Tuesday, March 5, 2013

Woodmen of the World ~ Pt.1

Anyone who frequents cemeteries has probably seen at least one of these unique tombstones. And those same cemetery 'haunters' have probably wondered what the term 'Woodmen of the World' (which can be seen on the stones) meant. Was it some sort of organization like the Masons? Was it the maker of the gravestone?

Woodmen of the World is a fraternal benefit society that operates a large privately held insurance company for its members.
The organization was founded in 1890 by Joseph Cullen Root. 
After hearing a sermon about "pioneer woodsmen clearing away the forest to provide for their families", Root wanted to start a society that "would clear away problems of financial security for its members".

Today, Woodmen of the World provides financial solutions (life insurance, annuities, mutual funds, college savings plans) to approximately 800,000 members in the U.S.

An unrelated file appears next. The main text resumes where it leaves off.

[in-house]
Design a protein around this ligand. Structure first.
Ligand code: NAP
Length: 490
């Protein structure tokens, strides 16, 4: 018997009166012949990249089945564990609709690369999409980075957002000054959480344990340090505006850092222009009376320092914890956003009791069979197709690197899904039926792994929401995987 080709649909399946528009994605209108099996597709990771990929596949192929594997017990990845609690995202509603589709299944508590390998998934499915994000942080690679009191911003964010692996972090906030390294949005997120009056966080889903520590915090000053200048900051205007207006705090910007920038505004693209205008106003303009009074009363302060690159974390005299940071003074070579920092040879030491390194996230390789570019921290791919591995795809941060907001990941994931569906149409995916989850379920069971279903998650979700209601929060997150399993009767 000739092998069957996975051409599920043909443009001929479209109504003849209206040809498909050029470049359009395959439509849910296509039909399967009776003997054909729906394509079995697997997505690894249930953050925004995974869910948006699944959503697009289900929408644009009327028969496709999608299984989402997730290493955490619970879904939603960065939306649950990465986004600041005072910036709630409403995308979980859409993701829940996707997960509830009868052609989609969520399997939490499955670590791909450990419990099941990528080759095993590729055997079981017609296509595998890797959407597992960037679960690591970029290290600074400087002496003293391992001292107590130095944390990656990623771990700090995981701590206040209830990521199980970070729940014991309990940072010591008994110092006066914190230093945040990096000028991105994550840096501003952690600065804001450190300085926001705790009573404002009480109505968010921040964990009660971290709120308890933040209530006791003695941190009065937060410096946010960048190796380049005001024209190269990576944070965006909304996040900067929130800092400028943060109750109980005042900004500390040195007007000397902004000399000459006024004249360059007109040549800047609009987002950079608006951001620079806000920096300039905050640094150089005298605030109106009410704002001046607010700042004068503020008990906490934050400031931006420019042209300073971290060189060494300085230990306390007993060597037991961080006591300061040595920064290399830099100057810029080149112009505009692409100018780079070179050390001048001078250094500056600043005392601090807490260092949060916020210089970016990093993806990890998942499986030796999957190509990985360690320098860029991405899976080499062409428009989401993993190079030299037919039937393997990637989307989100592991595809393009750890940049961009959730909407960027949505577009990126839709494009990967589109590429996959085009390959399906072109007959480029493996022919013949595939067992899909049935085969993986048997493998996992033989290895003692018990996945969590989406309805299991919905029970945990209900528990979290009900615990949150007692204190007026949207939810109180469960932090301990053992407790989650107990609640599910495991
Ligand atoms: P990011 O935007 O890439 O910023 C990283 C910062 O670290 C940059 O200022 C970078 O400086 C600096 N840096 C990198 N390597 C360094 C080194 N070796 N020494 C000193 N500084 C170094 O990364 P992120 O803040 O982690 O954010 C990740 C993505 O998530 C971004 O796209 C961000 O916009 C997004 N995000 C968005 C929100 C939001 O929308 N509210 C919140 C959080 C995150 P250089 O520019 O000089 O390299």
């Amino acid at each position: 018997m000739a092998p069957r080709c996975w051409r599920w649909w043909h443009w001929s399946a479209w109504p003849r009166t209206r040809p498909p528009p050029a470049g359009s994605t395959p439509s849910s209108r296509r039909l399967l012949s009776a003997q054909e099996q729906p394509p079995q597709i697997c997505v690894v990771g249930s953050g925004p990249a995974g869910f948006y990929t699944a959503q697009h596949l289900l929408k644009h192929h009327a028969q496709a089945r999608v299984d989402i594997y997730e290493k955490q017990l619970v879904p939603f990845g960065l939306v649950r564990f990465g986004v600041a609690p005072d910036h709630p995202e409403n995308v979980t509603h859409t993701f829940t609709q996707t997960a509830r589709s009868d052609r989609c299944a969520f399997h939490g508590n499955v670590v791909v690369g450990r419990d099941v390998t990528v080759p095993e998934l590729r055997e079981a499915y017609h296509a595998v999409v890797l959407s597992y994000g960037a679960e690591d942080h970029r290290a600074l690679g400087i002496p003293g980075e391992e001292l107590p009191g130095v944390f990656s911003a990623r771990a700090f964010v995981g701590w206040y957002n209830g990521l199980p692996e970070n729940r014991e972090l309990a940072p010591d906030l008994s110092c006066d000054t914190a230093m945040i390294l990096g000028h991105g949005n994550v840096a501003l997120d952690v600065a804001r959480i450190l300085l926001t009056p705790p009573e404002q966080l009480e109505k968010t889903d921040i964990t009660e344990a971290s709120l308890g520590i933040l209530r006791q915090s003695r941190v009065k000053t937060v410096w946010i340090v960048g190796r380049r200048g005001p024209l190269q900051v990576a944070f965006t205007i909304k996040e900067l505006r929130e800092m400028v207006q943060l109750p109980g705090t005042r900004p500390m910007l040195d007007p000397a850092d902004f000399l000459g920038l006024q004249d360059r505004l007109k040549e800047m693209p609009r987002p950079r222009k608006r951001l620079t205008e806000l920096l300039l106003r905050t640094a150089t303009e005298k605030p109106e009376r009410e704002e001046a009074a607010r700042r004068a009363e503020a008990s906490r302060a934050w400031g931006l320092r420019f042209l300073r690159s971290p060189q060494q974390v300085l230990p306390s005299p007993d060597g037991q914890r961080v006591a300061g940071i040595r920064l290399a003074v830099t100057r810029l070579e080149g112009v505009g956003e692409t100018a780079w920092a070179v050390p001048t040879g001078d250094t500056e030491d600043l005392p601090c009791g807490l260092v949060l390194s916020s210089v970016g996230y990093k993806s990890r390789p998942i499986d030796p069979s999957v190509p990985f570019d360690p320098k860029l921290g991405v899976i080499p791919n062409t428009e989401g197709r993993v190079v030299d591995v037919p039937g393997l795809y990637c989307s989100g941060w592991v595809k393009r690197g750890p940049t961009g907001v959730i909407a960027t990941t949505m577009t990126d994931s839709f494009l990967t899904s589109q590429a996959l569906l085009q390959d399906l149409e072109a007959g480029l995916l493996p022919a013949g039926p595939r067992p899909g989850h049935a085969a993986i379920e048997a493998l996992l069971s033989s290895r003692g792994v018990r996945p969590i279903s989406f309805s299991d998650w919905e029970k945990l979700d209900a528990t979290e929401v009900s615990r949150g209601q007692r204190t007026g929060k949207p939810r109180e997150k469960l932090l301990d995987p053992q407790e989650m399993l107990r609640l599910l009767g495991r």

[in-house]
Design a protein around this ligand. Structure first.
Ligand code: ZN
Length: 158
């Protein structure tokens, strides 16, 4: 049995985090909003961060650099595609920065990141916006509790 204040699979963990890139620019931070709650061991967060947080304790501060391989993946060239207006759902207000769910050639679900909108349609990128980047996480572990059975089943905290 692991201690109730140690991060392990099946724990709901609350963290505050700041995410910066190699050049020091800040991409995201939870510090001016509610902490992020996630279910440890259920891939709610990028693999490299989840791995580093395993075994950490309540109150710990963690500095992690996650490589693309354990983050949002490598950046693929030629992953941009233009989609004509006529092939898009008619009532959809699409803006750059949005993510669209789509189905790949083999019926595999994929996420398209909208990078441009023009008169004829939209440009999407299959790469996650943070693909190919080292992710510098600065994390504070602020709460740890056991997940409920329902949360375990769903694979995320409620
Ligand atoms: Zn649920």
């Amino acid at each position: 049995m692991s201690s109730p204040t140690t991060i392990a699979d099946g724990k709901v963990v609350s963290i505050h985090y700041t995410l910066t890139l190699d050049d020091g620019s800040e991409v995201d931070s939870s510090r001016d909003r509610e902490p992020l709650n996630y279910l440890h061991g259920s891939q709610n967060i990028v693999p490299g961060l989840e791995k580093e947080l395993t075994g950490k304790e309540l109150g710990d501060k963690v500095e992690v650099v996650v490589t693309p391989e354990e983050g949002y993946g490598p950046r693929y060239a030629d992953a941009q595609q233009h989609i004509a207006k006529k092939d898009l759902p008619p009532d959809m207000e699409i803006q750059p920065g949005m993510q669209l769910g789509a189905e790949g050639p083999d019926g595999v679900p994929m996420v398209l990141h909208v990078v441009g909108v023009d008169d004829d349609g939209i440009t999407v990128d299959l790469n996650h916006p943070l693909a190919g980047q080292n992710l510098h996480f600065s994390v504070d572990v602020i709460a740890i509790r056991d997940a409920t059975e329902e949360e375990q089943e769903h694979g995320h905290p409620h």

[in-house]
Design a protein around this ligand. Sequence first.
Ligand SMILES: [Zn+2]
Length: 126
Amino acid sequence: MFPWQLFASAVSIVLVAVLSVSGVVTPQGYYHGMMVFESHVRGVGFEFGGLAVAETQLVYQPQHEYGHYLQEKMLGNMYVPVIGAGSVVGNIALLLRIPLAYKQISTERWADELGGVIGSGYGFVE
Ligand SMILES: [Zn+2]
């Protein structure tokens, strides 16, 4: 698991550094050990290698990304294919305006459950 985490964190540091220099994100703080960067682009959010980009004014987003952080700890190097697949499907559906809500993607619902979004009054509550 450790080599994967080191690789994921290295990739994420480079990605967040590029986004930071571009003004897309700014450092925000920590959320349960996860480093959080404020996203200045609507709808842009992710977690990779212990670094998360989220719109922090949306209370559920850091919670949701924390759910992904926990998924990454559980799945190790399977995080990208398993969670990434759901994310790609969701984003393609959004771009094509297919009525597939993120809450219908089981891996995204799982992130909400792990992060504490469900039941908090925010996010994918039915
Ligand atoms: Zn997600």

Woodmen of the World Members are also eligible to receive a wide array of fraternal benefits - disaster relief, prescription drug discount card, camping experiences for youth, monetary support for members' orphaned children. 

Woodmen of the World is one of the leading presenters of U.S. flags to schools and non-profit groups. There are approximately 2,000 Woodmen of the World lodges across the Nation. Lodges conduct volunteer, patriotic and charitable activities that benefit individuals and communities. Woodmen of the World lodges have presented more than 1.4 million U.S. flags over the past 60 years.

Check back on Thursday, when I'll post Part 2 and write about these very unique headstones. 


Dede said...

Never heard of them...very interesting. Love the headstones very kewl. Looking forward to part 2.


Debra She Who Seeks said...

I have never seen one of these headstones in Canada nor heard of the organization except here in your blog. So I guess despite the name Woodmen of the WORLD, the organization is really Woodmen of the USA. But still, a very worthy charitable purpose.

Mother Moon said...

I have seen several of these headstones, and I agree they are unique and some quite beautiful. I enjoyed the added history as well.